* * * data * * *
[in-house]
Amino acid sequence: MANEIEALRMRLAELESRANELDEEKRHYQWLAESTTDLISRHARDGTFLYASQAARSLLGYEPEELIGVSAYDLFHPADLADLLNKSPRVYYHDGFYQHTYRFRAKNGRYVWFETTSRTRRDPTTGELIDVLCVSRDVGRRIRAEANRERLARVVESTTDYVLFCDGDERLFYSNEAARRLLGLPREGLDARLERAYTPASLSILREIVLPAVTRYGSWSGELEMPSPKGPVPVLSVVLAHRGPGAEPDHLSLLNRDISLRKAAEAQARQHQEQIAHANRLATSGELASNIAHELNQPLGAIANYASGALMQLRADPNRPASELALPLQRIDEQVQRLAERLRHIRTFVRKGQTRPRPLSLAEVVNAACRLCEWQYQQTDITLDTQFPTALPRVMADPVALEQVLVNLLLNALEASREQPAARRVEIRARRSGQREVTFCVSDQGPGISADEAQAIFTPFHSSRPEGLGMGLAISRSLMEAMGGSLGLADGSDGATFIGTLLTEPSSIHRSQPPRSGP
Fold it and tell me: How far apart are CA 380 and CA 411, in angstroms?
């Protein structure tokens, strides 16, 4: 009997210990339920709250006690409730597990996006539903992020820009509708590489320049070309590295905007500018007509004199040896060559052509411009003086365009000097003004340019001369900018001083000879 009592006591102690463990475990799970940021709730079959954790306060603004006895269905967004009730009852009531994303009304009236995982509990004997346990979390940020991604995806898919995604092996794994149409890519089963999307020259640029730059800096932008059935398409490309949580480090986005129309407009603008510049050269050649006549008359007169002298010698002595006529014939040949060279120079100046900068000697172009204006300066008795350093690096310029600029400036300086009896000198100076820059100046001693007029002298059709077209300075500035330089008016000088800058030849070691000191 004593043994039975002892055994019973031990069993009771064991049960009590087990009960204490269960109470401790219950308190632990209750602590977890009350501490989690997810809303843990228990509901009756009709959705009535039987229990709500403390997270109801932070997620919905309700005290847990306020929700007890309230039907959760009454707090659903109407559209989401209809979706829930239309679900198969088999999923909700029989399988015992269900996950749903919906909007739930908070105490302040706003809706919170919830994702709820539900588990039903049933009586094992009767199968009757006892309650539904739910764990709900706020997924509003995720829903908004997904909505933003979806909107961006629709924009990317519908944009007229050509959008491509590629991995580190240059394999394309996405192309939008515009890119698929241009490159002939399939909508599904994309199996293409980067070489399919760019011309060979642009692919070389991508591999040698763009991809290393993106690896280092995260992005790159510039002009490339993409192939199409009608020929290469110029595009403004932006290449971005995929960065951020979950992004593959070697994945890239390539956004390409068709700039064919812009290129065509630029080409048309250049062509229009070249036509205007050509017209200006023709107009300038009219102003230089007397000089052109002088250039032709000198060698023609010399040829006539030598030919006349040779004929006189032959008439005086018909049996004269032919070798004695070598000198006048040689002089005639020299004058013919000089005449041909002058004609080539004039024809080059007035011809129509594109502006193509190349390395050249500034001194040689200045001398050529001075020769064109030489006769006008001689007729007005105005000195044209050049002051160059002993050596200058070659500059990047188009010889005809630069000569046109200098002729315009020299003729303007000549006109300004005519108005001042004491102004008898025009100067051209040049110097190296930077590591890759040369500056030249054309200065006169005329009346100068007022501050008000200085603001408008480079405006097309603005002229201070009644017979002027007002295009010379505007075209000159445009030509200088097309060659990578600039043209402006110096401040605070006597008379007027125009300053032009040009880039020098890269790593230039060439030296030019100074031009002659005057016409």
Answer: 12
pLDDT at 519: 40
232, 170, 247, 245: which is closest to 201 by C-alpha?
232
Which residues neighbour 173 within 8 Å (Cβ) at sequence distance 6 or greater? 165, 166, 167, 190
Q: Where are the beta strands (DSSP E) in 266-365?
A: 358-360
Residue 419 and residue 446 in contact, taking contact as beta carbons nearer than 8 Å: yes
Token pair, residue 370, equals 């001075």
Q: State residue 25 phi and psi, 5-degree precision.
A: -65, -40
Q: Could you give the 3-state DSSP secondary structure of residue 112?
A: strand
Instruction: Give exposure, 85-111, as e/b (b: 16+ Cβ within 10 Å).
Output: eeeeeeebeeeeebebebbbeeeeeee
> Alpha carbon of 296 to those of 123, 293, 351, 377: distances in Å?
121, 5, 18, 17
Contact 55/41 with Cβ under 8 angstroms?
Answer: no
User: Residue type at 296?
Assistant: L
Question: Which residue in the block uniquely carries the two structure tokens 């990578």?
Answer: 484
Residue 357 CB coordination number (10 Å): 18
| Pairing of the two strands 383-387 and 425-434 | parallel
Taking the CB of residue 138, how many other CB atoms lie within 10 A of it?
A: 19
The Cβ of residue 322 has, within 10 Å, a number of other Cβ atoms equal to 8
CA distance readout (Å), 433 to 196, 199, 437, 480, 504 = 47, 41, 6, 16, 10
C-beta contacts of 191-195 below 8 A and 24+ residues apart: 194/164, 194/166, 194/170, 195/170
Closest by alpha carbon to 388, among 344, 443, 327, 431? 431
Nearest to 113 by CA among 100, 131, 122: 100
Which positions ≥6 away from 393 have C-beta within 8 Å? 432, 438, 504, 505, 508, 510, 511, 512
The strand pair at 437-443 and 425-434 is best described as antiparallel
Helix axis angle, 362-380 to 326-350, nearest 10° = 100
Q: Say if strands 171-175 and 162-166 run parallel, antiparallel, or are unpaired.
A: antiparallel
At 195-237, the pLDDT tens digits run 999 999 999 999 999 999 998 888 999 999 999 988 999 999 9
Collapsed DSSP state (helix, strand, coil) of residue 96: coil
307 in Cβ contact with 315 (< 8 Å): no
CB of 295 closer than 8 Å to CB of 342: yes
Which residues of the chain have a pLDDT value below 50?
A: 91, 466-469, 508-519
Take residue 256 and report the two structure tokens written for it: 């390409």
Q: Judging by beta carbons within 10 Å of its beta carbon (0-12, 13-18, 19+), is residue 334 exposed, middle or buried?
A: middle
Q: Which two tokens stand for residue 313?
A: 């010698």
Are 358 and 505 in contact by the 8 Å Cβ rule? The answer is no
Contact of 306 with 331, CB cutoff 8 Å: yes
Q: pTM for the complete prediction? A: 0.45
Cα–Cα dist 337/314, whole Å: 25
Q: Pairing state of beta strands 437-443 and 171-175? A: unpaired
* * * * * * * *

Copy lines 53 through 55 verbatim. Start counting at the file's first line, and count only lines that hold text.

Are 358 and 505 in contact by the 8 Å Cβ rule? The answer is no
Contact of 306 with 331, CB cutoff 8 Å: yes
Q: pTM for the complete prediction? A: 0.45